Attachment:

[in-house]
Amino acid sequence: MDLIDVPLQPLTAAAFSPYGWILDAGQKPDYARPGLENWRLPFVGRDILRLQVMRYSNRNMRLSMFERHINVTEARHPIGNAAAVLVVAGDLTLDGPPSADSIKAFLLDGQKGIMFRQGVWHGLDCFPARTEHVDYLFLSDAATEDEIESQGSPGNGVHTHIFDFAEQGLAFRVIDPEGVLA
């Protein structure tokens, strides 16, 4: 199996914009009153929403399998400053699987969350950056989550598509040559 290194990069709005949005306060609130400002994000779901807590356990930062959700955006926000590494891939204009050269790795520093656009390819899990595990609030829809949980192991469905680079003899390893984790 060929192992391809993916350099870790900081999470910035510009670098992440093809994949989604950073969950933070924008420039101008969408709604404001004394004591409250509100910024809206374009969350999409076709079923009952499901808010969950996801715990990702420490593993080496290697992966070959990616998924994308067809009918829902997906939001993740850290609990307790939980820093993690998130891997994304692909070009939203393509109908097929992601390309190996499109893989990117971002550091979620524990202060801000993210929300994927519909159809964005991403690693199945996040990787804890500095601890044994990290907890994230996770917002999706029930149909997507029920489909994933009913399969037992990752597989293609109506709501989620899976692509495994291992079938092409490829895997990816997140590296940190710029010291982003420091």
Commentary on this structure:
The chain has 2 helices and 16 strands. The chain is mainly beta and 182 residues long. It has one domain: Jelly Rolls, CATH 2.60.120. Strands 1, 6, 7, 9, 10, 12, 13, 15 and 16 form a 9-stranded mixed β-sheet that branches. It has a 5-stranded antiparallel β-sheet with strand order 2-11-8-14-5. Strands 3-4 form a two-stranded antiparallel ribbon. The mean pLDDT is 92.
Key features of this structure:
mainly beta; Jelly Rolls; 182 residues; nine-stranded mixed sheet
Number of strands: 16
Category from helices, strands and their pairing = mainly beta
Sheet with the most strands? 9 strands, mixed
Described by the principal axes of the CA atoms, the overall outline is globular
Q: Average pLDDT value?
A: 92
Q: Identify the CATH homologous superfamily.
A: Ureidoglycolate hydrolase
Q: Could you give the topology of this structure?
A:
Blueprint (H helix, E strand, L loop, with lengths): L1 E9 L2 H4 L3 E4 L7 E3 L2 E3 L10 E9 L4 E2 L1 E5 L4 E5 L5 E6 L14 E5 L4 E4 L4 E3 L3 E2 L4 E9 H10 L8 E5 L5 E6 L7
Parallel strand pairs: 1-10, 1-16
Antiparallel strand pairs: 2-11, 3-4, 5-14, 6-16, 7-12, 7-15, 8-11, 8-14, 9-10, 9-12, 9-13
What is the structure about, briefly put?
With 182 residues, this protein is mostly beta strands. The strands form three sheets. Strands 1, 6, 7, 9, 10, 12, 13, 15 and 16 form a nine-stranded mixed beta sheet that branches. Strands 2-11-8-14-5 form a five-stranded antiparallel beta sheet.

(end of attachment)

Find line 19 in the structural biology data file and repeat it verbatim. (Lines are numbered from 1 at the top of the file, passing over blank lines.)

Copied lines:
Parallel strand pairs: 1-10, 1-16